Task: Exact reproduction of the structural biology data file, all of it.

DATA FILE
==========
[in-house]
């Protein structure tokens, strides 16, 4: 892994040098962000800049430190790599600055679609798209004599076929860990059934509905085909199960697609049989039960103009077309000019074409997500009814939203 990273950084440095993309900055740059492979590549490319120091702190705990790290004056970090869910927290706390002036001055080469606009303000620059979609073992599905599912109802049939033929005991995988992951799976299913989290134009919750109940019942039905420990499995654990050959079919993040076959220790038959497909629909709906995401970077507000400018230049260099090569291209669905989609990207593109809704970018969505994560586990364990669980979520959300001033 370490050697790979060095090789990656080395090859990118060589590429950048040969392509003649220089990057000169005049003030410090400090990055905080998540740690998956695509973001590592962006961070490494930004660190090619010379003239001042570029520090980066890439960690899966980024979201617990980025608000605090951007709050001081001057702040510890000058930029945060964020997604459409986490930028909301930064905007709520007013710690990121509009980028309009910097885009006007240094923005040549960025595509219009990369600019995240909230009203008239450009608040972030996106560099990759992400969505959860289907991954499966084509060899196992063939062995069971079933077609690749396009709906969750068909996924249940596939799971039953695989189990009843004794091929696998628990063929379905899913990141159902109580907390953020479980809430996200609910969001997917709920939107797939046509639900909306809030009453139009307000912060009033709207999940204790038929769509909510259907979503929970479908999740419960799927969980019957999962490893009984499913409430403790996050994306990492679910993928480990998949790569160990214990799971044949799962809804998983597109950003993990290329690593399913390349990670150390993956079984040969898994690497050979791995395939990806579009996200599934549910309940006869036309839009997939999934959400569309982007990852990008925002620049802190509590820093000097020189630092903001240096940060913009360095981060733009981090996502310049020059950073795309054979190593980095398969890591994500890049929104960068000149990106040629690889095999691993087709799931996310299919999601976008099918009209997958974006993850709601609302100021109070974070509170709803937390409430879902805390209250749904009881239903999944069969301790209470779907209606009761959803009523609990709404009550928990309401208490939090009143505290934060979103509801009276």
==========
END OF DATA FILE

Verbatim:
[in-house]
């Protein structure tokens, strides 16, 4: 892994040098962000800049430190790599600055679609798209004599076929860990059934509905085909199960697609049989039960103009077309000019074409997500009814939203 990273950084440095993309900055740059492979590549490319120091702190705990790290004056970090869910927290706390002036001055080469606009303000620059979609073992599905599912109802049939033929005991995988992951799976299913989290134009919750109940019942039905420990499995654990050959079919993040076959220790038959497909629909709906995401970077507000400018230049260099090569291209669905989609990207593109809704970018969505994560586990364990669980979520959300001033 370490050697790979060095090789990656080395090859990118060589590429950048040969392509003649220089990057000169005049003030410090400090990055905080998540740690998956695509973001590592962006961070490494930004660190090619010379003239001042570029520090980066890439960690899966980024979201617990980025608000605090951007709050001081001057702040510890000058930029945060964020997604459409986490930028909301930064905007709520007013710690990121509009980028309009910097885009006007240094923005040549960025595509219009990369600019995240909230009203008239450009608040972030996106560099990759992400969505959860289907991954499966084509060899196992063939062995069971079933077609690749396009709906969750068909996924249940596939799971039953695989189990009843004794091929696998628990063929379905899913990141159902109580907390953020479980809430996200609910969001997917709920939107797939046509639900909306809030009453139009307000912060009033709207999940204790038929769509909510259907979503929970479908999740419960799927969980019957999962490893009984499913409430403790996050994306990492679910993928480990998949790569160990214990799971044949799962809804998983597109950003993990290329690593399913390349990670150390993956079984040969898994690497050979791995395939990806579009996200599934549910309940006869036309839009997939999934959400569309982007990852990008925002620049802190509590820093000097020189630092903001240096940060913009360095981060733009981090996502310049020059950073795309054979190593980095398969890591994500890049929104960068000149990106040629690889095999691993087709799931996310299919999601976008099918009209997958974006993850709601609302100021109070974070509170709803937390409430879902805390209250749904009881239903999944069969301790209470779907209606009761959803009523609990709404009550928990309401208490939090009143505290934060979103509801009276």